Railroad graffiti: Local photographer captures beauty in the controversial
Artist Tad Kline has been on both sides of the track, in the most literal sense of the phrase.
In the 1970s, Kline worked as a brakeman on the Colorado and Southern Railroad Road (now the BNSF), working long hours while moving freight across the Great Plains.
Now Kline spends most of his time on the side of a railroad spur outside of downtown Boulder, camera in hand, documenting graffiti on rail cars as they roll through town.
While some people see graffiti as vandalism, others see art. Kline sees a bit of both.
For the past eight years, Kline has dedicated himself to capturing the transient nature of railroad cars — and how for some, the cars act as a type of permeable canvas.
Kline’s exhibition, “Rolling Steel Canvases,” on display at the Boulder Public Library’s main branch, documents the same stretch of railroad over eight years, depicting how weather, overpainting and removal create an ongoing cycle of creation and alteration in graffiti. His work also examines the thin line between street art and the destruction of property.
“Rolling Steel Canvases” can be seen at the Boulder Public Library on the Arapahoe Ramp, which is on display until Jan. 30. We caught up with Kline to talk about his experiences working for the railroad, his journey as an artist and the evolution of graffiti over the years.
Q: Tad, could you share with us what initially drew you to the specific railroad spur in Boulder for your project “Rolling Steel Canvases?”
A: A long time ago, I used to work as a journalist and did a lot of photography then. I quit all that, and had a life doing other things, but then got back into photography, I realized that I really didn’t know anything about color. I started looking around for something to shoot that was colorful, and the railroad spur is just sitting there, it’s across from one of the Naropa campuses.
I used to work as a brakeman on the railroad, and I wandered out there one day and started taking photos. It kind of became a study in painting, really. I’m a big fan of abstract expressionism and the various other movements of 20th-century painting, and I started to find echoes of that on the boxcars.
It’s become this big project, and I now have well over 100 photos.
Q: Can you tell us a bit about your days as a brakeman?
A: It was kind of a classic industrial, blue-collar job. I worked both as a switchman and a brakeman, and the switchman works in the yard shuffling the deck of boxcars so that a train will come in from one place, and a train will come in from another, and you send the boxcars in different directions. The brakeman is the person on the ground who does the running around and coupling and uncoupling, and stuff like that.
In the summer, it was the best job in the world — some days I would just sit on the engine and we would ride 100 miles across the prairie. In the winter, it was 10 below, and you had to be able to carry a 60-pound hunk of steel several miles to repair a separated train.
It was kind of a Jekyll and Hyde situation, sometimes it was fabulous, and sometimes it was icy cold, hard and a bit dangerous.
Q: What was railroad graffiti like in the 1970s?
A: There was very little graffiti. The tagging or tagger style of graffiti just hadn’t arisen yet. But there was a little bit of what people called hobo graffiti, which was just like a small scrawl on the side of boxcars, usually with a date. But the big colorful tags that you see today hadn’t been developed.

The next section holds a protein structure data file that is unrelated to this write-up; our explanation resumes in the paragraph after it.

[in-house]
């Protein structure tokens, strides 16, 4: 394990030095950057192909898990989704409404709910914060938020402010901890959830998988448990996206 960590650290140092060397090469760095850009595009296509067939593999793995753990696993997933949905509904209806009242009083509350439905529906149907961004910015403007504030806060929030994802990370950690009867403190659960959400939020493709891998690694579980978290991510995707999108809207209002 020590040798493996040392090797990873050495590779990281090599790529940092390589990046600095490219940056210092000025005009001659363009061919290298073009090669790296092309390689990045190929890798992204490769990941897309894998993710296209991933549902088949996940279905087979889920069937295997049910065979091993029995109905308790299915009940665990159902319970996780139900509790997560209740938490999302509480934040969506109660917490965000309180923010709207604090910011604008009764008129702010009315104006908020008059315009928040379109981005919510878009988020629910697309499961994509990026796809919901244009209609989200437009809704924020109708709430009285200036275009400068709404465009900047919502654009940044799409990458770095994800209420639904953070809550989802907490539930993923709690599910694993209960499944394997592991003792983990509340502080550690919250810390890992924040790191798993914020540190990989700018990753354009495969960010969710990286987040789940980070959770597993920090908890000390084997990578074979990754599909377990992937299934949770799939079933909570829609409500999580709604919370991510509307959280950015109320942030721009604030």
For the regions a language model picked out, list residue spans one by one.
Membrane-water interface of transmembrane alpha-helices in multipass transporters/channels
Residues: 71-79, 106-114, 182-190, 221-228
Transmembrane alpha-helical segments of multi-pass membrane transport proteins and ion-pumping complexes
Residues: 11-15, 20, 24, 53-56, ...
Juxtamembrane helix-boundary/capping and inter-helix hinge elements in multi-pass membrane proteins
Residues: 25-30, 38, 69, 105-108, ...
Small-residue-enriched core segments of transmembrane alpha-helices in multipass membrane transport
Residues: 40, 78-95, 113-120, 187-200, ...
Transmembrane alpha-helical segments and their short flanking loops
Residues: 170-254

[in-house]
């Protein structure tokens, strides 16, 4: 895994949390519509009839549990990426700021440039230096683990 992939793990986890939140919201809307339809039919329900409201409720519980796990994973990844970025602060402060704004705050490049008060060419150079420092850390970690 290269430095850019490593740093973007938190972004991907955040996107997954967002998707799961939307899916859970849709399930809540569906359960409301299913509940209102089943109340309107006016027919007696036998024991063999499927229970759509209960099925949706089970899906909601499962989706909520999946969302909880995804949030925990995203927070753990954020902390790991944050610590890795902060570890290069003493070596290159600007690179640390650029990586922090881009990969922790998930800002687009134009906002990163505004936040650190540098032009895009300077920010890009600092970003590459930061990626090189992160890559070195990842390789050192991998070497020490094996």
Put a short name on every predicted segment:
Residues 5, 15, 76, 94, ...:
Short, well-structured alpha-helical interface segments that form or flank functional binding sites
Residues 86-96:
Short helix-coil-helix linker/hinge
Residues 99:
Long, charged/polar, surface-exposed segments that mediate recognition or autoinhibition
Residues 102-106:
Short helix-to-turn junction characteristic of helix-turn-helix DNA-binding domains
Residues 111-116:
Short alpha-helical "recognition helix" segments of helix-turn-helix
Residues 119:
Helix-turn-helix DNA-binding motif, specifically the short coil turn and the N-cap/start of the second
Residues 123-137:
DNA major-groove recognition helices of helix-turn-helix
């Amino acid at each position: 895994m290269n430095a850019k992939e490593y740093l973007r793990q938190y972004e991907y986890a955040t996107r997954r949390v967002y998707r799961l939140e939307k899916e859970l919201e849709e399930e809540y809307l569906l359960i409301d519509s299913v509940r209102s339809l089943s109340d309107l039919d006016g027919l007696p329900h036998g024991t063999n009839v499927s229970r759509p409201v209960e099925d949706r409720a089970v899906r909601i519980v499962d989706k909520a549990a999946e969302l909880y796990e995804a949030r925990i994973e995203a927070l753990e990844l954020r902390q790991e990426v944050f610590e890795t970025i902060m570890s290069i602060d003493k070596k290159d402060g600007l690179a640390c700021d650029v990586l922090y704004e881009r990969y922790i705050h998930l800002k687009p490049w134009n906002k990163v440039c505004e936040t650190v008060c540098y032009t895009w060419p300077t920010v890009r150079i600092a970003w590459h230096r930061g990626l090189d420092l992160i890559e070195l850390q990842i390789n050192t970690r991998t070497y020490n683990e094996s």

Q: Did you observe anything surprising or encounter any challenges while capturing the graffiti over the eight years of this project?
A: It was really interesting because I was able to see how our paint interacts with the world, out in the weather and exposed to the elements. These tags are outside 24/7, 365, and the sun beats on them, the rain beats on them and the railroad company comes along and scrapes part of them away.
Q: How do you navigate this complex relationship between art and vandalism in your photography, and what conversations do you hope to spark about art in public spaces?
A: I’m not a personal fan of tagging, but it’s a pervasive reality. The photographs focus a lot on the interplay between the boxcar itself and the industrial symbols on the boxcar, and the way that they are affected by the graffiti. But I’m also really fascinated by the painting — not the result as much as the technique, and what happens to the painting over time. The boxcar companies are often trying to undo the work of the taggers, and I show that interplay between the railroad and the graffiti writer in my work.
It truly is public art, but I think a lot of the public would rather not have graffiti. And I guess I’m a realist — graffiti is out there, and sometimes there is a lot of bad graffiti. And the taggers have their own systems of hierarchy and quality control. Sometimes taggers will paint out someone’s graffiti because it’s crappy.
There’s a lot of nice street murals and street art in Boulder, too, but that’s not what’s happening here. Graffiti has to be seen a little bit differently from street murals and street art. But I think that tension shows up in my pictures.
Tad Kline will host an exhibition reception and presentation showcasing “Rolling Steel Canvases” from 5-6:45 p.m. on Tuesday in the Boulder Creek Room at Boulder Public Library. Guests can also request informal gallery tours from Kline. For more information visit TadKline.com.